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Agricultural News

Farmers Can’t Count on Exports. We Must Count on Ethanol, Says ACGF Chairman

Mon, 01 Jun 2020 13:58:45 CDT

Farmers Can’t Count on Exports. We Must Count on Ethanol, Says ACGF Chairman “Counting on corn exports has always been a questionable strategy,” says Gale Lush, corn, soybean and wheat farmer from Wilcox, Nebraska and Chairman of the American Corn Growers Foundation (ACGF). “Problematic U.S. trade policy, aimed at China is attempting to protect intellectual property rights of big corporations, but has boomeranged against farmers, due to Chinese retaliation, that has led to their investment in competitor exporting countries. Corn exports are extremely unpredictable and it’s getting worse. Fluctuating currency values where the dollar has gotten stronger causes U.S. farm and manufactured goods exports to be more expensive in world markets. Given that reality our only serious demand growth strategy is ethanol. It is HOMEGROWN and untouchable by trade wars and a high dollar. Ethanol has been a major, annual domestic consumer of 5.5 billion bushels of corn. Ethanol is also a massive U.S. economic and infrastructure development strategy, if our political leaders will only get on-board and use it to its maximum potential. It’s already a proven success. The ethanol industry is a major economic driver for the rural economy. According to ABF Economics the manufacturing activity alone in the ethanol industry employed nearly 366,000 and contributed $14.5 billion to the U. S. economy in 2018. Ethanol is a net energy producer and helps clean the air by reducing toluene, benzene and other cancer-causing additives in gasoline. With modern high tech, low and no tillage farming practices, and cover crops corn farmers are improving the environment as well, while conserving and improving water quality as reported in a 2020 documentary by University of Nebraska Journalism students. “Land and Water: Farmers Adapt to Climate Change” is posted on the ACGF web site at WWW.ACGF.ORG.”

Lush added, “U.S. trade wars with China and other countries are causing corn and soybean production expansion in countries like Brazil whose currency, the Real, is making all kinds of lows against the U.S. dollar thereby making Brazil a stronger competitor in foreign import markets. South American countries are a clear example of this trend. Other countries are also taking advantage of the fact that a strong dollar makes U.S. commodities higher priced in the world market. This trend is further confirmation that U.S. policymakers in the Administration and Congress must recognize that ethanol expansion is not only an opportunity, it is an essential strategy to fix the rural economy. The Administration and Congress need to do what it takes to put a stop to oil refineries getting unwarranted ethanol waivers. That has to stop immediately.”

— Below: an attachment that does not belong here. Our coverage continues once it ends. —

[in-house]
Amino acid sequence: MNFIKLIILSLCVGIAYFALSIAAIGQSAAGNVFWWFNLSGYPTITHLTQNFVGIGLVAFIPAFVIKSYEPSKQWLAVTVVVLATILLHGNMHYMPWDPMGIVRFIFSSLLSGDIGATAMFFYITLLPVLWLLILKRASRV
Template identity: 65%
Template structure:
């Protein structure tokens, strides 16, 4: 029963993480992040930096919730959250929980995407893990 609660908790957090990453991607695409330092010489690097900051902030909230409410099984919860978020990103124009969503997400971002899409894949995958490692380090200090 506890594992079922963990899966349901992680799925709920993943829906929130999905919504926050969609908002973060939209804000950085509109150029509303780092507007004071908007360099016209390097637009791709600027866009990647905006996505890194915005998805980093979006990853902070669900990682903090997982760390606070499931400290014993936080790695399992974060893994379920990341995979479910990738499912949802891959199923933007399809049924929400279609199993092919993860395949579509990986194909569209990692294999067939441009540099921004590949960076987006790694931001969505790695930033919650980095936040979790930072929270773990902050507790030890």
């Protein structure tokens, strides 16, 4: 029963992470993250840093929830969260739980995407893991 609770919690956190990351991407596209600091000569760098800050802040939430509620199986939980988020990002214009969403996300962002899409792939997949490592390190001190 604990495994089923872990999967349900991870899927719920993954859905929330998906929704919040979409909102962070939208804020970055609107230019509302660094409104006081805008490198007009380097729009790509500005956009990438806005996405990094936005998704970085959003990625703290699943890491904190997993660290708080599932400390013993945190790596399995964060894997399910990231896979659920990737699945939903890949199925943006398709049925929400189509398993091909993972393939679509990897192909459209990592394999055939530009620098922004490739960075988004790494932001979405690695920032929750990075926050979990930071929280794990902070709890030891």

ACGF Director Dan McGuire said, “According to USDA’s Export Sales Report accumulated U.S. corn exports as of May 21, 2020 have only reached 1.1 billion bushels vs.1.56 billion bushels at the same time in 2019. USDA projects current marketing year 2019/20 corn exports to reach only 1.775 billion bushels, down from 2.065 billion bushels last marketing year and way down from the 2.438 billion bushels of exports reached in 2017/2018. That means corn exports this year will be 663 million bushels less than just two years ago. This weak export performance is what comes from trade wars.”

McGuire added, “The May 2020 USDA-WASDE report also projects 2020/21 marketing year ending corn stocks to be at 3.318 billion bushels, an increase of 1.220 billion bushels in just one year. It’s the largest level of corn ending stocks since 1987/1988. Current farm and trade policy resulted from big agribusiness and the globalization/free trade policies that their lobbyists created. Their overly optimistic predictions of high U.S. exports never materialized but it helped sell the policies they advocated to Congress in their plan to keep grain prices low. They also led the charge that created the World Trade Organization (WTO) to replace the General Agreement on Tariffs and Trade (GATT). They dismantled various farm programs during the 1980’s and 1990’s in favor of their current ‘export-oriented’ policy. They were wrong. Many of those same agribusiness organizations, along with wrong-headed environmental groups and big oil companies also fought a strong ethanol policy. Some still do. They are wrong on that issue as well. Without ethanol-driven corn demand growth over the past 20 years the U.S. farm economy would have been in a constant state of economic recession. Given the extreme economic stress that farmers and the rural sector are under now, it is time for agricultural and rural groups to aggressively speak up and push for a major expansion of ethanol blending in gasoline. We need a nationwide 15 percent blend immediately with a target of having a 30 percent blend nationwide as soon as possible. It’s the only sure way to drive up domestic corn demand, raise corn prices and farm income and help mitigate unreliable corn export demand.”



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